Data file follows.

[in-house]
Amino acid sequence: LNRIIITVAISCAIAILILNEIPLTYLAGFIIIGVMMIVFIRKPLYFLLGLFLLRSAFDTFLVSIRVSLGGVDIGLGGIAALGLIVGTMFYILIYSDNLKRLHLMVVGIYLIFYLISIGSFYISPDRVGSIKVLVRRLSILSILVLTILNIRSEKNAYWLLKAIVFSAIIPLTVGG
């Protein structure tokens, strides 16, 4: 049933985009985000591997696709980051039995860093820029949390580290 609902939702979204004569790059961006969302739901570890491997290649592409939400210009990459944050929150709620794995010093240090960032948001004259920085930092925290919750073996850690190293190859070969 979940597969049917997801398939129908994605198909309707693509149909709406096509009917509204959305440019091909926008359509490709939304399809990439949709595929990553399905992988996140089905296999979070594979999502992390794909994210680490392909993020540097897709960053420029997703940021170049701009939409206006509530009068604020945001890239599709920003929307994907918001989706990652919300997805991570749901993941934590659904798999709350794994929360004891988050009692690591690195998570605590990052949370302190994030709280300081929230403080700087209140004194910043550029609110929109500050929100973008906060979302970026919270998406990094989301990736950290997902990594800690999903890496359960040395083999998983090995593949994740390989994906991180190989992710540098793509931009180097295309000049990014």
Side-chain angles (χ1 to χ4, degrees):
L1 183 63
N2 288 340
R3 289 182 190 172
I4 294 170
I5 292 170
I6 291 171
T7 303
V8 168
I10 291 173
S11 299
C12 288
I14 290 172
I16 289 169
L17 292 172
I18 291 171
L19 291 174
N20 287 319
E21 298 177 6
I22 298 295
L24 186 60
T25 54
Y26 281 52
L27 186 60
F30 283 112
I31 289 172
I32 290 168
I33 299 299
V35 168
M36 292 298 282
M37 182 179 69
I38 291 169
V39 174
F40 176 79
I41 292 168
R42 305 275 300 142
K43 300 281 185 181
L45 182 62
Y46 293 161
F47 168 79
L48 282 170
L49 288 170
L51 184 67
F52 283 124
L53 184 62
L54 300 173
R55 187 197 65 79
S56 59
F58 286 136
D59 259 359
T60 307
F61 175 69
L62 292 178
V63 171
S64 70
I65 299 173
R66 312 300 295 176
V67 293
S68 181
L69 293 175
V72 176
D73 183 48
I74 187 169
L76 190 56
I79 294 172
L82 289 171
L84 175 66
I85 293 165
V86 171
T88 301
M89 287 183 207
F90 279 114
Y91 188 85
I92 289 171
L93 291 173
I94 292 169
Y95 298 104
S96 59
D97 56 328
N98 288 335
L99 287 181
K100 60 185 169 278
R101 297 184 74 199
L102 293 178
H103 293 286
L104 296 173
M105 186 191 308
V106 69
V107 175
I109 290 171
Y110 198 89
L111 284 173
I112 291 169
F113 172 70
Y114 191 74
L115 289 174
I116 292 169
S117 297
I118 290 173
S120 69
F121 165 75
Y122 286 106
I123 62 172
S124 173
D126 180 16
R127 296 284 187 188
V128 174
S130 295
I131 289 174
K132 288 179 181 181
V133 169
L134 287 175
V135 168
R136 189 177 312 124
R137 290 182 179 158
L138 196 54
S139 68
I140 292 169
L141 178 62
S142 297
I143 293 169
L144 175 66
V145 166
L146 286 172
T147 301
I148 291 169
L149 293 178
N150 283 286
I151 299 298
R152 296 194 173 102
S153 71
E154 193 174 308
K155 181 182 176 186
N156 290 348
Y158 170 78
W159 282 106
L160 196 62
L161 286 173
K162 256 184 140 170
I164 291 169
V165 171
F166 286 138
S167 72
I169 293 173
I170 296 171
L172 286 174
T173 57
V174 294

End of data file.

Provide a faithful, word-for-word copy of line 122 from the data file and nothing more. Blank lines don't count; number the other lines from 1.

L141 178 62